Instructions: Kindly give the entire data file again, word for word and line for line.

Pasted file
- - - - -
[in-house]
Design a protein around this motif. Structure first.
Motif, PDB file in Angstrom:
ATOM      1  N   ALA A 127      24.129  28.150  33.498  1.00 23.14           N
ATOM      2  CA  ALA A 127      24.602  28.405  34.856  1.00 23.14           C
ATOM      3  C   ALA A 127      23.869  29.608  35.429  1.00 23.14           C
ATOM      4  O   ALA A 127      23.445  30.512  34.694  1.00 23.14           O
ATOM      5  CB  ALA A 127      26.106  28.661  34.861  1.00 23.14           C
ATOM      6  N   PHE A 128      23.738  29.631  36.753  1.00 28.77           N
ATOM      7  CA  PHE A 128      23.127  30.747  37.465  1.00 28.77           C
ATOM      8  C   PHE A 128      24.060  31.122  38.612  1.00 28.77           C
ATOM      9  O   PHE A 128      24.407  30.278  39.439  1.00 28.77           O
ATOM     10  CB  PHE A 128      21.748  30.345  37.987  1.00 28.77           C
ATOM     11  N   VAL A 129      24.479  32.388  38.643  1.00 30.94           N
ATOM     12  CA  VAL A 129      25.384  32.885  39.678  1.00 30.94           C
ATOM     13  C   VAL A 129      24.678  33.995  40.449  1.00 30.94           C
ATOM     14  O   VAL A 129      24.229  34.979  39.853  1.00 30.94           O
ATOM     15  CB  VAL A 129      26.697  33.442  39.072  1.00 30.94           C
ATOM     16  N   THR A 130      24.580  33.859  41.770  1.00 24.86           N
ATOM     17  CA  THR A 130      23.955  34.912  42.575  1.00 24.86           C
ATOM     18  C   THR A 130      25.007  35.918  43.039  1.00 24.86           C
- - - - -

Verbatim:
[in-house]
Design a protein around this motif. Structure first.
Motif, PDB file in Angstrom:
ATOM      1  N   ALA A 127      24.129  28.150  33.498  1.00 23.14           N
ATOM      2  CA  ALA A 127      24.602  28.405  34.856  1.00 23.14           C
ATOM      3  C   ALA A 127      23.869  29.608  35.429  1.00 23.14           C
ATOM      4  O   ALA A 127      23.445  30.512  34.694  1.00 23.14           O
ATOM      5  CB  ALA A 127      26.106  28.661  34.861  1.00 23.14           C
ATOM      6  N   PHE A 128      23.738  29.631  36.753  1.00 28.77           N
ATOM      7  CA  PHE A 128      23.127  30.747  37.465  1.00 28.77           C
ATOM      8  C   PHE A 128      24.060  31.122  38.612  1.00 28.77           C
ATOM      9  O   PHE A 128      24.407  30.278  39.439  1.00 28.77           O
ATOM     10  CB  PHE A 128      21.748  30.345  37.987  1.00 28.77           C
ATOM     11  N   VAL A 129      24.479  32.388  38.643  1.00 30.94           N
ATOM     12  CA  VAL A 129      25.384  32.885  39.678  1.00 30.94           C
ATOM     13  C   VAL A 129      24.678  33.995  40.449  1.00 30.94           C
ATOM     14  O   VAL A 129      24.229  34.979  39.853  1.00 30.94           O
ATOM     15  CB  VAL A 129      26.697  33.442  39.072  1.00 30.94           C
ATOM     16  N   THR A 130      24.580  33.859  41.770  1.00 24.86           N
ATOM     17  CA  THR A 130      23.955  34.912  42.575  1.00 24.86           C
ATOM     18  C   THR A 130      25.007  35.918  43.039  1.00 24.86           C